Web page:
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Kingfisher (machhranga) a group of compact-bodied birds usually with short tails, large heads and long, heavy, pointed bills, belonging to the families Alcedinidae, Halcyonidae and Cerylidae of the order Coraciiformes. About 94 species of kingfishers occur worldwide; the centre of abundance is Southeast Asia and New Guinea, but tropical Africa also has strong representation. In Bangladesh there are 12 species, two of which are threatened: one is endangered and the other one is vulnerable; three could not be evaluated due to paucity of data; seven do not have any immediate threats.

The most visible distinguishing features of the kingfishers are their bill and feet. The legs are very short, and the toes are syndactyl, the third and fourth being joined along most of their length, and the second and third joined basally; in some species the second toe is much reduced or absent altogether. A 'typical' kingfisher bill is proportionately large, robust, generally long and straight, with a sharply pointed or slightly hooked tip. Kingfishers vary in size, with a length of 10 cm to more than 40 cm and weight of 10 gm to 400 gm. Their plumage is commonly of bright colours, often with a metallic brilliance, in blues, greens, purple and reddish or brown tones, which are frequently offset with white patches or dark markings. The wings tend to be short and rounded, while the tail varies from extremely short to very long.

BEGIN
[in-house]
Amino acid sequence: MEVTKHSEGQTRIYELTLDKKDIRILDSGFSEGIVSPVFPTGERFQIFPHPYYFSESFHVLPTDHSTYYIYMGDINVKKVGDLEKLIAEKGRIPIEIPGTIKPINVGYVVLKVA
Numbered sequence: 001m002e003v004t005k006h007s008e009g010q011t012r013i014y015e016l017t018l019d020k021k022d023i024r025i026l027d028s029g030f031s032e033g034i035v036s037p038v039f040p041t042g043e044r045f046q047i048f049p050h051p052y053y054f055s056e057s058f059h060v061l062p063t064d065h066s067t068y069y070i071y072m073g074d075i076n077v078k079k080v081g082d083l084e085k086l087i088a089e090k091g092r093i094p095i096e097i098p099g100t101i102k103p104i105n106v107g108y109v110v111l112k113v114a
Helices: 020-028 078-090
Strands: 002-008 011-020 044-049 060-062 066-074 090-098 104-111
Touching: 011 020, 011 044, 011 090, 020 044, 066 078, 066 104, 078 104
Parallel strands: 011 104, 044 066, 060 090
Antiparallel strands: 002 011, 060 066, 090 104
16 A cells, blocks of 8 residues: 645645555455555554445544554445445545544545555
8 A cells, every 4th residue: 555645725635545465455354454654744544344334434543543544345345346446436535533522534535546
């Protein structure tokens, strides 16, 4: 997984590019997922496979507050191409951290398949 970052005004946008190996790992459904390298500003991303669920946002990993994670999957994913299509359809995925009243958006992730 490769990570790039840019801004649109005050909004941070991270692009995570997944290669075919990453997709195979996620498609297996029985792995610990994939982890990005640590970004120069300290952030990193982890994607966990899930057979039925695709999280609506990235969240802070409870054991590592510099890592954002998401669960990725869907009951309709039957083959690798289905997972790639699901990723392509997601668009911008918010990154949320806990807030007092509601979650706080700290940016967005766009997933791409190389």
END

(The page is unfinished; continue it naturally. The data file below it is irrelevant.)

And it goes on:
Table Kingfishers of Bangladesh.

English name Scientific name Local name Distribution
Common Kingfisher Alcedo atthis Choto machhranga Wide
Blyth’s Kingfisher Alcedo hercules  --- Mixed Evergreen Forest
Blue-eared Kingfisher Alcedo meninting --- Southeast, Central and South in wooded wetlands
Brown-winged Kingfisher Halcyon amauroptera  [Pelargopsis amauroptera Machhranga SundarbansMangrove Forest
Stork-billed Kingfisher Halcyon capensis [Pelargopsis capensis] Megh-hao Wide
Ruddy Kingfisher Halcyon coromandra Lal machhranga  Sundarbans Mangrove Forest
Black-capped Kingfisher Halcyon pileata --- Coasts including St Martin’s Island
White-throated Kingfisher [White-breasted Kingfisher]  Halcyon smyrnensis Machhranga Wide
Collared Kingfisher [White-collared Kingfisher] Todiramphus chloris [Halcyon chloris] --- Coasts including St Martin’s Island
Pied Kingfisher [Lesser Pied Kingfisher] Ceryle rudis Pakra machhranga Wide
Oriental Dwarf Kingfisher [Threetoed Kingfisher]  Ceyx erithacus Buno machhranga Forests
Crested Kingfisher Megaceryle lugubris [Ceryle lugubris] --- ---

NB: Previous names are given in square brackets

Kingfishers inhabit a wide variety of aquatic and wooded habitats. The normal breeding unit is a monogamous pair, which may nest solitarily or in loose colonies. Nests are in natural hollows in trees or in burrows excavated by the birds in earth-banks, termite mounds, or rotten-tree stumps. Both sexes excavate the burrow by prizing loose the soil or rotten wood with the bill, and then by using their feet to kick out the dislodged material. Kingfishers perch on dead branches, watching for small fishes, frogs and large aquatic insects. They dive headlong into the water to capture prey, often submerging completely; the prey are struck against the perch several times, tossed into the air and swallowed headfirst. [Md Anwarul Islam]